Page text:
Get Real Time Feedback While Writing

Beta readers are people who read your book (or other writing) before it is polished and printed. We send them our work when we want first impressions, critiques, feedback, overall feelings. See the following posts on beta readers.

But what happens when you’re in the middle of writing and you want instant gratification?

You can do what I do: Pick a few people who you know won’t mind reading first-draft level material, and send them chapters as you complete them.

Don’t make the mistakes I made of giving people partial chapters. You want your readers to experience your book at the right pace, which means you can’t leave them off in the middle of a chapter (or sentence).

Make sure you give it to people who will give you the type of responses you need/want. I know it’s hard to figure that out if you’re writing your first book etc., but you want people who will encourage, not critique at this stage.

My go-to encouraging beta reader is my mother. She has always been the encouraging nudger who gets to a chapter break (or the end of an unfinished sentence (sorry about that, mom), and she excitedly demands more. It’s encouraging and uplifting (even if it’s sometimes sugar coated)!

I also send my chapters to my Eldest Sister (who in turn let her son, my Nephew, read it—he’s almost 12, and I leave discretion to his mother [but I would never not let someone read a book that they enjoyed]). She’s a bit more honest and critical, which is important also (but in smaller doses than the encouragement).

For an example of what it’s like to get Real Time Feedback (!) on your writing, here are some of the things my mother e-mailed back to me after I sent her each new chapter of The Nameless Queen as a .docx file:

  • Chapter 6 — “Did you just kill that character? I’ll be really pissed.”
  • Chapter 9 — “No more yet….?”
  • Chapter 10 — “Just checking to see if maybe you had more than one paragraph of the next chapter yet… :-)”
  • Chapter 11 — “Woohoo, thanks for the chapter!  Loving it!! Keep them coming. Please! fyi, you have two paragraphs that repeat on page 3”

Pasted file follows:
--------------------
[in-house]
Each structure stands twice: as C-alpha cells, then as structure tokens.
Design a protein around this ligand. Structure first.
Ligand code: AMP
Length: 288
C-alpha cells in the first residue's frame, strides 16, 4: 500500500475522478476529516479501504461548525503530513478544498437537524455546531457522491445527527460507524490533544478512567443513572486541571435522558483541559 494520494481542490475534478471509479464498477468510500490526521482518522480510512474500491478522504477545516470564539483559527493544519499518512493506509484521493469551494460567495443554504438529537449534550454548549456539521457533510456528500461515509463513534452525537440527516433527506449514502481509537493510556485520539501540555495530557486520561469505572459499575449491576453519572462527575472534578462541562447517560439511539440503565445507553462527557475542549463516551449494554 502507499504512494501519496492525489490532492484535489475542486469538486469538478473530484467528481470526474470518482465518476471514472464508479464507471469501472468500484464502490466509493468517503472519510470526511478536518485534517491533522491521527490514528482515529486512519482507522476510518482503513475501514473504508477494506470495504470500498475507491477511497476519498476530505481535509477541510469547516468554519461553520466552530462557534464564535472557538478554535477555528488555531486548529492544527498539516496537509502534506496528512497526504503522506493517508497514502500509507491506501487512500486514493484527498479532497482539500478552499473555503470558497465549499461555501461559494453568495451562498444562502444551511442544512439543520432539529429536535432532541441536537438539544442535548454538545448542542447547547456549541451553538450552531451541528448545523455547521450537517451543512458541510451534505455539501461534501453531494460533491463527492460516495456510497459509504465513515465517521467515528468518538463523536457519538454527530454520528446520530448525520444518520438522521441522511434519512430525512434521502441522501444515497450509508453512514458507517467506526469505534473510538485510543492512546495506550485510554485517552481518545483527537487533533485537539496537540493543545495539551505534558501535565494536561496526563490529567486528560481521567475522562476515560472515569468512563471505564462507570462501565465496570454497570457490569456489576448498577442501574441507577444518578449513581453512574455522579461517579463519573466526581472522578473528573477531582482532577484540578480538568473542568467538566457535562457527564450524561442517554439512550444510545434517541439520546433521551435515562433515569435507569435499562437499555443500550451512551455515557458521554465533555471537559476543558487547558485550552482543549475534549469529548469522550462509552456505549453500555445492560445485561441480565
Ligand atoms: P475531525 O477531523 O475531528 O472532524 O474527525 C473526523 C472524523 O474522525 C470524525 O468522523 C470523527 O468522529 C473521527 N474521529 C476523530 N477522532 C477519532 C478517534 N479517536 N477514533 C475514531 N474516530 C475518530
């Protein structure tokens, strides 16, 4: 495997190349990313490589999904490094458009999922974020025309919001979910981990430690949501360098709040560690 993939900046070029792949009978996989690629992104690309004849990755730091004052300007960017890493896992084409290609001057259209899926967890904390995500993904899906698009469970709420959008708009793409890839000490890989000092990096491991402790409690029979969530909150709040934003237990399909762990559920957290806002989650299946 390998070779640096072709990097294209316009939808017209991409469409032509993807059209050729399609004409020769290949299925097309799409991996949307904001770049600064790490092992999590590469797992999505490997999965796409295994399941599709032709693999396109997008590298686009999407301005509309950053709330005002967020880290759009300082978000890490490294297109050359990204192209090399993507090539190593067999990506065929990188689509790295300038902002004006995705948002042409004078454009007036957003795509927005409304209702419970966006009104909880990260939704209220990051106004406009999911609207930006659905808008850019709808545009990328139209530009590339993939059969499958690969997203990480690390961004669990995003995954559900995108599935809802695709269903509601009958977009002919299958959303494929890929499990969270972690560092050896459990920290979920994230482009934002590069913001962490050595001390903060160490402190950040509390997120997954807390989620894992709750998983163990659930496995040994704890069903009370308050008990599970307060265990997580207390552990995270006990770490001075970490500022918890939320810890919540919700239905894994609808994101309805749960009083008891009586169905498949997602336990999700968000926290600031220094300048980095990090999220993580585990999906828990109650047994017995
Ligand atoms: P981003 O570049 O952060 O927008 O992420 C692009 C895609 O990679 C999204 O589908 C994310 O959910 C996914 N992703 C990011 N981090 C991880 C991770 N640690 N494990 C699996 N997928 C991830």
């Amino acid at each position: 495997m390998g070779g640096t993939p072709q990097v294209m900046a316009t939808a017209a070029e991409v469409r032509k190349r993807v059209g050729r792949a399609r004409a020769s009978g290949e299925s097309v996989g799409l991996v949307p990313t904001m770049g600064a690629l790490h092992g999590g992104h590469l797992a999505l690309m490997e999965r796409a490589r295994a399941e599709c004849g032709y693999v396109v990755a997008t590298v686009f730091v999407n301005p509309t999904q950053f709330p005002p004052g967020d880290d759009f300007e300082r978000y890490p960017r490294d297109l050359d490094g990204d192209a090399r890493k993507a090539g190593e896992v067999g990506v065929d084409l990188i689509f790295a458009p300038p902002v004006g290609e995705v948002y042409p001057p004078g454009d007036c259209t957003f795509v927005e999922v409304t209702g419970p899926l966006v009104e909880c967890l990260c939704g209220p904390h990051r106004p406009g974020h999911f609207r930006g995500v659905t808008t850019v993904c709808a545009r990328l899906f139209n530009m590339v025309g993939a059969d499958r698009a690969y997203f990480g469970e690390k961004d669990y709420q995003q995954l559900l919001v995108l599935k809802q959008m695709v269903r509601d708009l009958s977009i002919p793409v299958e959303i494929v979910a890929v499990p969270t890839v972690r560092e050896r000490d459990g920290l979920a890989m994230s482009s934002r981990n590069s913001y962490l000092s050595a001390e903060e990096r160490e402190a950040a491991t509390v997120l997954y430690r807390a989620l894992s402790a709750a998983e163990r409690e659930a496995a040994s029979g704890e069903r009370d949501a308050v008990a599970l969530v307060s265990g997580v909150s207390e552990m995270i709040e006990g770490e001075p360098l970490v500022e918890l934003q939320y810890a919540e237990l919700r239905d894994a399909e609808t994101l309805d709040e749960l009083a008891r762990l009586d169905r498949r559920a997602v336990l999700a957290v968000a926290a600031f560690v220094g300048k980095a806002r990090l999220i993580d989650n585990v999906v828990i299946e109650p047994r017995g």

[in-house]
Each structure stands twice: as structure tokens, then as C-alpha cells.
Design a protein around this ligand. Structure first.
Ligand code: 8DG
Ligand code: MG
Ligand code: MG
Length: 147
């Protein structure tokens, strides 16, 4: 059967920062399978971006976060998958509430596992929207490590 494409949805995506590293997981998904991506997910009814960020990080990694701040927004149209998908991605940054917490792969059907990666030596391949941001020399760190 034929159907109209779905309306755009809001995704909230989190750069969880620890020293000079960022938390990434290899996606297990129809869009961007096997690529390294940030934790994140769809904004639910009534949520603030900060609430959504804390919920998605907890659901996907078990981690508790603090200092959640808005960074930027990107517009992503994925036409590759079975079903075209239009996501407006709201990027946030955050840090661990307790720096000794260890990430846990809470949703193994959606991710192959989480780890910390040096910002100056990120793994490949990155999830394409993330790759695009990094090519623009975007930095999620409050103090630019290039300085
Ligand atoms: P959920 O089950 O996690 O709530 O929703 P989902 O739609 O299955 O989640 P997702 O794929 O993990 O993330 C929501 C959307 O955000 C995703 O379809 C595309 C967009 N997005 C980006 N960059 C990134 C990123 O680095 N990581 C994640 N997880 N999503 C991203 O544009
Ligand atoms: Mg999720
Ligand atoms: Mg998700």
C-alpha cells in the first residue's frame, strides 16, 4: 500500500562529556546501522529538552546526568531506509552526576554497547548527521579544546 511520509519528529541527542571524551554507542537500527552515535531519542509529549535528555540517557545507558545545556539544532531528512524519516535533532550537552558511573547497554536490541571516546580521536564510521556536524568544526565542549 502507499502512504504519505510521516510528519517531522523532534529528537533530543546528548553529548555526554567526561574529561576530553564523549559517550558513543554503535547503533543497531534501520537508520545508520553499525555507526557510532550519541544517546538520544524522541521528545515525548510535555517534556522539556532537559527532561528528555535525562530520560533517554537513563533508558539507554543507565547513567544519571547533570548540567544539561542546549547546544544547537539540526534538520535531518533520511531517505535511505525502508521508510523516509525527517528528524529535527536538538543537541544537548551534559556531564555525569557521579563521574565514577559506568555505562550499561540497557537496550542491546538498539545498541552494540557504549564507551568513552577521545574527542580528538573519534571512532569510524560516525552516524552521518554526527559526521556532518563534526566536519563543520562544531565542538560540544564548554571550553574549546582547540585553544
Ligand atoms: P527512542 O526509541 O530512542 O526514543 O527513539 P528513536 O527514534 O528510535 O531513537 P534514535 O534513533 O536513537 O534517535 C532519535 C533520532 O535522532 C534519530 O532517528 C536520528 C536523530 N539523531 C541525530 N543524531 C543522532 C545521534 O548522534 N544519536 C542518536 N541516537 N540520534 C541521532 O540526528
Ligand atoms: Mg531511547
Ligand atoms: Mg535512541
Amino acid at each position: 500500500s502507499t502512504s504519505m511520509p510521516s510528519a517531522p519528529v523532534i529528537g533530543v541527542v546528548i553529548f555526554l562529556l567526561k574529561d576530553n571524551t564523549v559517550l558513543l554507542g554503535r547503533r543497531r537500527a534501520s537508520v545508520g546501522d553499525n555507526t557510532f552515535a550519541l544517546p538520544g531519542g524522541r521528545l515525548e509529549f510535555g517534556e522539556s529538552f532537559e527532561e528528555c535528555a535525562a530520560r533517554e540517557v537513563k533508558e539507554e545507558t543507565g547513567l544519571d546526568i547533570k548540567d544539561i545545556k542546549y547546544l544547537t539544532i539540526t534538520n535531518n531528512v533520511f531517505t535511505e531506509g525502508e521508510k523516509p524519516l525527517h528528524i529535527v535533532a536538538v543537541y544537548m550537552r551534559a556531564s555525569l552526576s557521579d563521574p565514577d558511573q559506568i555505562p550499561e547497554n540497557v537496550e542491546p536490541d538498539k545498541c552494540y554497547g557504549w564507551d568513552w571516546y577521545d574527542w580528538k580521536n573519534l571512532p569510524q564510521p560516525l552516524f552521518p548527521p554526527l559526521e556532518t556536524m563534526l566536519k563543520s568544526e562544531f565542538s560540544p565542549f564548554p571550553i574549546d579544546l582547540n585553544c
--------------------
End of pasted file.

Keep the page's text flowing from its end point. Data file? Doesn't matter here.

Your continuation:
• Chapter 14 — “Hmmm, did I stretch out reading that long enough to be close to getting another chapter???  I’m definitely ready for one!”
  • Chapter 15 — “Wow, there’s only about a gazillion ways this can go from here… 🙂 I don’t suppose you have that next chapter yet?…. I read it as slowly as I could lol.”
  • Chapter 17 — “I LOVE LOVE LOVE what she said to the wife!!!! The end made me laugh SO hard Grandma looked at me funny!!  heehee!!!”
  • Chapter 18 — “woohoo! I love her!  :-D”
  • Chapter 19 — “and the plot thickens…. hahahaha!”
  • Chapter 20 — “Don’t you have another chapter yet???”
  • Chapter 21 — “Some of those Ha! moments are what makes reading fun!  Not everything has to be a surprise.  I love that you let the reader second-guess the author sometimes… it makes getting fooled a lot easier to take if you feel like you’ve guessed right a few times!  hahaha!”
  • Chapter 22 — “This one made me laugh several times!  :-)”
  • Chapter 23–28 — “Damn.  When I say there isn’t really a bad guy, you really give it to me! I couldn’t even write til I finished what I had.  The only thing I’m terribly sorry about right now is that I got to read it all at once and I doled it out (innocently) to your poor grandmother a chapter at a time as they came in… and she doesn’t have this one yet!  Yikes!”

This is how I imagine my mother’s reaction to those last few chapters:

Incidentally, this comic was also on one of my tests in college for extra credit.

Sometimes I worry my ego is inflating to dangerous proportions, but then I remember that having an ego is important to finish writing a book. I need to be excited and confident, or else my writing will reflect that uncertainty.

So, yeah! I’m going to kick this book out of the park, through the goal posts, and into the basket!


2 thoughts on “Get Real Time Feedback While Writing

  1. Pingback: Forgetting Characters (editing while writing) | words — and other things
  2. Pingback: Ego and Writing | words — and other things

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